|Shade by Jeri Smith-Ready|
|Reviewer: John Lloyd|
|Summary: A near-superlative romantic thriller for the teen audience, with a girl trying to remain in love, and help, the ghost of her boyfriend.|
|Buy? Yes||Borrow? Yes|
|Pages: 320||Date: September 2010|
|Publisher: Simon & Schuster Children's Books|
Meet Aura. She was one of the first people in the world to be born after The Shift, beyond which every newborn was opened to the world of the ghosts, hearing and seeing them whether they liked to or not. Her boyfriend, Logan, who she wants to make love to for the first time on the night of his seventeenth birthday, suddenly dies first instead - making him one of the many ghosts Aura might be able to help. But is something of greater help buried in a school project, touching on standing stone circles, the solstices, the mysteries of her own family's past - and a new young man in her life?
The way the ghost of Logan is subtly put at odds with the surviving adults in his Baltimore Irish Catholic family is only one of the markers pointing to this being a superior teen read. It's one for the older teenaged audience, with some strongish language, drug use, and mature topics, like the inherent regret of Aura as she is beholden to the lad who kept her a virgin by dying, while split between him and actual, living company.
But this is not just a soppy teen supernatural romance. The mystery of the truth behind The Shift is drip-dripped in front of us, with the help of a spooky female professor. It is after all an intriguing premise - a world suddenly full of "Sixth Sense" kids, 500 million infants (as they are counted here) all having to convince their parents they see dead people.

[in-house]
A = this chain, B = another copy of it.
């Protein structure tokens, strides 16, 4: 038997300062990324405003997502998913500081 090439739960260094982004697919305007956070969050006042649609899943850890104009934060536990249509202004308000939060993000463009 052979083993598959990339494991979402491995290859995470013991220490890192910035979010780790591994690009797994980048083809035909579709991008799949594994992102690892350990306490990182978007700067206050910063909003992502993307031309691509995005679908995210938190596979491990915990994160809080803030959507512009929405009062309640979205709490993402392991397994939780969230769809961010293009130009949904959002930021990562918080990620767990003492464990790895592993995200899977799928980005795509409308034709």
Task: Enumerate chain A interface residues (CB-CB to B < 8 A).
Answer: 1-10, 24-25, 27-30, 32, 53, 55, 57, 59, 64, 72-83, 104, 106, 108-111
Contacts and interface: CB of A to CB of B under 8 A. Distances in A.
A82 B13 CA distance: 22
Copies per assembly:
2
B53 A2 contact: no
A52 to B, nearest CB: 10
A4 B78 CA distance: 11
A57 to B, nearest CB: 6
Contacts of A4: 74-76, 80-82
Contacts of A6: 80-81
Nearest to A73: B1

And it works a lot better because it's grounded in a fully realised world. The Shift killed off the medium's ability to interact with the psychic world. Ghosts for some reason really dislike the colour red. This reads like North America in 2010 in every aspect, but soon the first children with the ability will be adults - and if the government have their way, working for them. There are more than standard ghosts out there...
I could go on - doing my own drip-drip of the many notable factors in these pages. But I won't. They're pages that turn very quickly, whatever your age or gender. You get close to the actions and emotions of Aura, with her first person narration, which seems spot on, whether with the darkness and puzzles of the set-up or the very emotive soppier bits as she and new man Zach get closer.
There does come a time when you realise this is only the first book in a series, and you might feel differently to that fact than I do. I, for one, cannot wait - the ending is wide open for what comes after. It's almost a perfect, superlative read - I won't pass judgment on the cover, and one adult decision seems a bit silly to me. But on the whole this is a sterling premise, an engaging heroine, and the beginnings of a story cycle I shall be most intently following.
I must thank the publishers for my review copy.
More moonlight shenanigans regarding a certain time of night can be found in Secret Hour (Midnighters) by Scott Westerfeld.
You can read more book reviews or buy Shade by Jeri Smith-Ready at Amazon.co.uk
You can read more book reviews or buy Shade by Jeri Smith-Ready at Amazon.com.
Like to comment on this review?
Just send us an email and we'll put the best up on the site.